Can you believe it? The same fireplace in in both these pictures, and no structural changes were made… just a little bit of paint and fabric… and elbow grease.
Yes, this is what they started out with:
A dull red brick fireplace with a brassy insert.
I do believe the brick and the built-in cabinets flanking each side of the fireplace are original to this antique bungalow, however, the brassy gold fireplace insert is not. I would guess it dates to the early 70’s.
But our young couple is on a budget, so to speak, and as the fireplace door seemed to work just fine, they just were brassy ugly.
So she painted them with high heat black paint! (see links below for sources for paint and the best primer to use on brick like this!)
And while she was in the painting mood…
When she finished the doors, she painted the brick too! Using a tone on tone approach, the brick brackets and vertical base she did in a slightly darker shade of the main brick part.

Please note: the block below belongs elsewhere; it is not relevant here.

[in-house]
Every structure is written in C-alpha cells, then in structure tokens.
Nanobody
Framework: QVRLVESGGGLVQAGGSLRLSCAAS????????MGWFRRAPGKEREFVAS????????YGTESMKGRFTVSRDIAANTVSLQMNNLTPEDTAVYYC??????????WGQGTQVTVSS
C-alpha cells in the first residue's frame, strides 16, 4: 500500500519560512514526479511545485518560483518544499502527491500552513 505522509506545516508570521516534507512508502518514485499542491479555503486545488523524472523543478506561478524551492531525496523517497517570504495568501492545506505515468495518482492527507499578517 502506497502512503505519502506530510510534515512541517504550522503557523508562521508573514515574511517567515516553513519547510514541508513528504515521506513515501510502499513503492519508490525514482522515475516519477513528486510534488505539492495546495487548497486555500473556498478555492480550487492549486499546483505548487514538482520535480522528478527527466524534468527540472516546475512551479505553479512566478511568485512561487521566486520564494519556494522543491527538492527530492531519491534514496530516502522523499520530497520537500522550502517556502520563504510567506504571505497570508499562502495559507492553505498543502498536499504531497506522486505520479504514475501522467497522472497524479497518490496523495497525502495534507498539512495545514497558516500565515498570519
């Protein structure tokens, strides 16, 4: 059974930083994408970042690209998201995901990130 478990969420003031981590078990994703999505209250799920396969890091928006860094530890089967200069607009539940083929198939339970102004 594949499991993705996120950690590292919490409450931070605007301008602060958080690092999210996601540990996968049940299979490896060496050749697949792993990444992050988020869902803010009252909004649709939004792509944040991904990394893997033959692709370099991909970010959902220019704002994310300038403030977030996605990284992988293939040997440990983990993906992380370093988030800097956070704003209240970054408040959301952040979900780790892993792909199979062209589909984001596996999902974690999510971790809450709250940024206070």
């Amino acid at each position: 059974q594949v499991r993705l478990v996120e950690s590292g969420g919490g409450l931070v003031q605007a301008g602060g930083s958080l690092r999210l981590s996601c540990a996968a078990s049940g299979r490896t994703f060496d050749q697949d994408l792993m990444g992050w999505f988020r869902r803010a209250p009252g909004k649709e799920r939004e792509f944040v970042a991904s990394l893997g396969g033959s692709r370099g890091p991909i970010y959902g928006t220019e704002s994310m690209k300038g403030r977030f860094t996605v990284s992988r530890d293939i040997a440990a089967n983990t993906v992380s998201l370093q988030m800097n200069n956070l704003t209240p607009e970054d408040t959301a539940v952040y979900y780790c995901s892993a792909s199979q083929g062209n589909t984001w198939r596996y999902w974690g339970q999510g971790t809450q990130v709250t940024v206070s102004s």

Then to have real storage inside the glass cabinets and avoid having to do some cosmetic carpentry repair if left with just the see-through glass doors, she covered the inside of the glass doors with fabric she found at Joann Fabrics.
The color is perfect for their selected palette in their home, and the pattern is exactly what could have been seen when this antique bungalow or arts and crafts style house was first built almost a century ago.
The brick hearth was left in its original condition to reveal its wonderful color and texture and impressed trademarks.
Sources for paints:
High heat black paint for fireplace insert.
Best primer to use on brick like this.